I am very grateful to the Minister for looking at this matter quite so seriously, as it is important. This is the first flicker of light that I have seen on the horizon on this vexed issue of counties and districts and two-tier areas. I had picked up the clause that the Minister referred to. Again, the problem is that the county council as the responsible authority will be consulting districts, and that it will not be about the county and the district working it out on the basis of agreement or of equality. It comes back to the question of what is an agreement and, if there is a difference of opinion, how that will be resolved. That is where a lot of the fears are.
However, the fact that—if I understood what the Minister said, and I will read it carefully—local targets can vary locally at will, and some of the national targets will be variable locally where appropriate, is good news. It gives some hope that the very wide so-called local area agreements, which do not appear local at all to a lot of the people involved in them—they are too wide to be local—nevertheless can be broken down into localities, where they can have some meaning. I beg leave to withdraw the amendment.
Amendment, by leave, withdrawn.
209CC: Clause 108, page 69, line 34, leave out sub- paragraph (ii)
The noble Baroness said: Amendment No. 212 is grouped with this amendment, which is to take out the requirement for a responsible local authority to have regard to the Secretary of State’s guidance. In the world in which we live there will be guidance, so I am not expecting this amendment to be agreed to. It was brought to my attention—and no doubt that of other noble Lords—by the Association of Chief Police Officers and the Association of Police Authorities, which have raised questions about the fact that all that is referred to is the community strategy and the Secretary of State’s guidance. They say that they had understood from the White Paper that there was to be,
“a mutual duty on partners to have regard to each others’ plans”,
and are concerned that other statutory plans, such as the local policing plan, which, they say,
“synthesises national and local policing requirements”,
will not have the same weight given to them. There is, of course, the knock-on effect of the distribution of targets, although we have heard a good deal about flexibility of local targets.
ACPO and APA are concerned about obliging partners to have regard to the Secretary of State’s guidance. They say that the relevant Secretary of State in this context will be the Home Secretary, and they believe that there is a risk of confusion and conflict—they would probably feel if they sat through some of these proceedings that there might be a greater risk of confusion than that identified when they wrote this briefing—if government departments are not better co-ordinated than hitherto. The associations say that,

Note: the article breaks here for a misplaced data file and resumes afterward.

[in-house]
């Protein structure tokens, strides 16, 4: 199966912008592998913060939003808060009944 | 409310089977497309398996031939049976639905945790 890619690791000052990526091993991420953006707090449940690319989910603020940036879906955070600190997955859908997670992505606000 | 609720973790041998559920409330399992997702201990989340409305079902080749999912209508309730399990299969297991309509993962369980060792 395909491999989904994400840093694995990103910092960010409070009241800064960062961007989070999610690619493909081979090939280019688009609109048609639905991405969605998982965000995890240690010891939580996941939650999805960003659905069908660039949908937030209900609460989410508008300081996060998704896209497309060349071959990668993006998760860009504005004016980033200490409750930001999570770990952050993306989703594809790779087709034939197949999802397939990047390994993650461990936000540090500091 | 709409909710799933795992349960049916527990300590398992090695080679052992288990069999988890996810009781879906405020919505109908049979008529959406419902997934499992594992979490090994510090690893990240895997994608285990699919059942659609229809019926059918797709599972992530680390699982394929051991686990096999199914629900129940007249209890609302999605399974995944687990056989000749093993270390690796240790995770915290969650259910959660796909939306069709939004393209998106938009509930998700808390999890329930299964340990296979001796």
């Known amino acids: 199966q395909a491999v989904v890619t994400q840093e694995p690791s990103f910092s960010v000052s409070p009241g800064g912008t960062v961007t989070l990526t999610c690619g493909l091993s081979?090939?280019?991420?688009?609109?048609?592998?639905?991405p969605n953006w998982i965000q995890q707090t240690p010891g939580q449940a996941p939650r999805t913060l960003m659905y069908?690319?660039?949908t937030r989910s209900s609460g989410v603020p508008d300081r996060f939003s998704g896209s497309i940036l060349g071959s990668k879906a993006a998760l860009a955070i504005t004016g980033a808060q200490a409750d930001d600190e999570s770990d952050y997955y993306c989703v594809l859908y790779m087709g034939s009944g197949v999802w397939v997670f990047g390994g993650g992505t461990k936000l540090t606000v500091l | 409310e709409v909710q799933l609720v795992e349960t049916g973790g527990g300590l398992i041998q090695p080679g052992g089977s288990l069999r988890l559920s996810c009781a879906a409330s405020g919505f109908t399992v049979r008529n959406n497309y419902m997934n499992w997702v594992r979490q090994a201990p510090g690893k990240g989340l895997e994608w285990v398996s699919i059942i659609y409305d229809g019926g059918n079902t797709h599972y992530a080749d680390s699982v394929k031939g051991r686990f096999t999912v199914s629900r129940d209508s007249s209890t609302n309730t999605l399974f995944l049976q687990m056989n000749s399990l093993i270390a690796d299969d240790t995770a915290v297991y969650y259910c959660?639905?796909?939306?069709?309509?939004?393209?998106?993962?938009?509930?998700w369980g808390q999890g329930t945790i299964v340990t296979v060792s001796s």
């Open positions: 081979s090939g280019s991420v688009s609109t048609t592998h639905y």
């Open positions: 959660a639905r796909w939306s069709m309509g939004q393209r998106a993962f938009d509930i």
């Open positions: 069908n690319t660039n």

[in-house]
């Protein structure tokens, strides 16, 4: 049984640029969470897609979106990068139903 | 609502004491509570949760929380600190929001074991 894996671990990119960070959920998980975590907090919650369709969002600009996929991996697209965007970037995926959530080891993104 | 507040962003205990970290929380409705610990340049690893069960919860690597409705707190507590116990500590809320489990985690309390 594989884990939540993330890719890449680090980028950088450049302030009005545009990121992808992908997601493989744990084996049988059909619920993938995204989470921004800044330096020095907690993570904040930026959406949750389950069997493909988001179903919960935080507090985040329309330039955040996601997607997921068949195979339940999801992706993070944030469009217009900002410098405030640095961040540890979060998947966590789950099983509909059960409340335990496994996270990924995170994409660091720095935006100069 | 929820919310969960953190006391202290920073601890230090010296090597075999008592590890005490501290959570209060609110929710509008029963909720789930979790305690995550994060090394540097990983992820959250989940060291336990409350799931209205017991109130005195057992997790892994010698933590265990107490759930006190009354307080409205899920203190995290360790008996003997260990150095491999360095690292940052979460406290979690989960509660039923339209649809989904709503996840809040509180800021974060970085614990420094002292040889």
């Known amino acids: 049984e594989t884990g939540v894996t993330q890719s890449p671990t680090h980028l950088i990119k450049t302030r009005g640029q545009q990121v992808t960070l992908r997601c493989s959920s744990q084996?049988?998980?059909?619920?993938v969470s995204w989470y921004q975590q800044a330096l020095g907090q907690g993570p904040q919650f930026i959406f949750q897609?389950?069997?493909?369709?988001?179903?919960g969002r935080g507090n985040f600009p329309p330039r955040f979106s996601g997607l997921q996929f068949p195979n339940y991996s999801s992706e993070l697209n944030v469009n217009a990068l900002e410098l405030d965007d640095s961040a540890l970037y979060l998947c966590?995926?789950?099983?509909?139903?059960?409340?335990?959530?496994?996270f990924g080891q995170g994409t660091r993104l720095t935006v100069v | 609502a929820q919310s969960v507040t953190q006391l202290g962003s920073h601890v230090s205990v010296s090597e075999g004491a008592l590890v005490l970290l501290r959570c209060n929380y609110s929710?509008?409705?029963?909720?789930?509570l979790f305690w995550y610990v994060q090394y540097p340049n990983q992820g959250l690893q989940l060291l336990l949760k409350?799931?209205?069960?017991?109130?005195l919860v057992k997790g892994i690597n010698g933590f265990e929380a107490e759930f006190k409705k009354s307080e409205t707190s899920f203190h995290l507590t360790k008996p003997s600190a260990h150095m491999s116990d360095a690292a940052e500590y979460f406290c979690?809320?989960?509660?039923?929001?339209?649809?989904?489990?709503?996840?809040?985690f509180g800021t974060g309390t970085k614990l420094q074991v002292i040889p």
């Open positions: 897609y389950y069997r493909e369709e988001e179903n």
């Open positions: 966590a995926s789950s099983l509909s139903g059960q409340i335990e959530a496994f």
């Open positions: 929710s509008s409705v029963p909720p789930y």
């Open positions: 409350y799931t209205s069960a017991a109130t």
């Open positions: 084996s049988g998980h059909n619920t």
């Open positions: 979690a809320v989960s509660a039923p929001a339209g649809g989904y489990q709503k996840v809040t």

“policing already has perfectly adequate structures and mechanisms in place to guide partnership working”,
and that there is a risk of duplication likely to lead to greater confusion.
One might sum this up in a more general way by asking the Minister why there has to be particular regard to the community strategy and what status the other strategies, some of which I have mentioned, have in the programme of drawing up and submitting a draft local area agreement. I beg to move.
In speaking to Amendment No. 212 in this group, I am also concerned that many local partners which participate in LAAs still have responsibilities through their vertical relationships. Health is probably a prime example of this. A local health body would be subject to influence, targets or advice coming down to them from the regional health authority, the NHS nationally, the Department for Health and the Secretary of State himself. This can cause confusion about local targets and targets set from outside.
In the Bill, all that local partners are asked to do is simply to “have regard” to the targets in the LAA. My one-word amendment helpfully states that they should not just “have regard” to local targets—I am sure that there are laws that we all have regard to—but attain them. We need to put more responsibility on local partners to attain what they want to do.
I am grateful to the noble Baroness and the noble Lord for raising these issues. On Amendment No. 209CC, I begin by explaining why the sustainable community strategy is important. It is an evolution of the community strategies that were introduced in 2000. The purpose of the sustainable community strategy, which sets it apart from and above the specific service delivery plans and strategies, is that it must identify and address the most difficult cross-cutting issues affecting the area and respond to community views and priorities. The strategies already have to take account of national and regional priorities and established long-term goals and are the foundation of local area agreements. In future, we see LAAs as being the delivery plan for the sustainable community strategy. Their status sets them apart and beyond the other separate elements.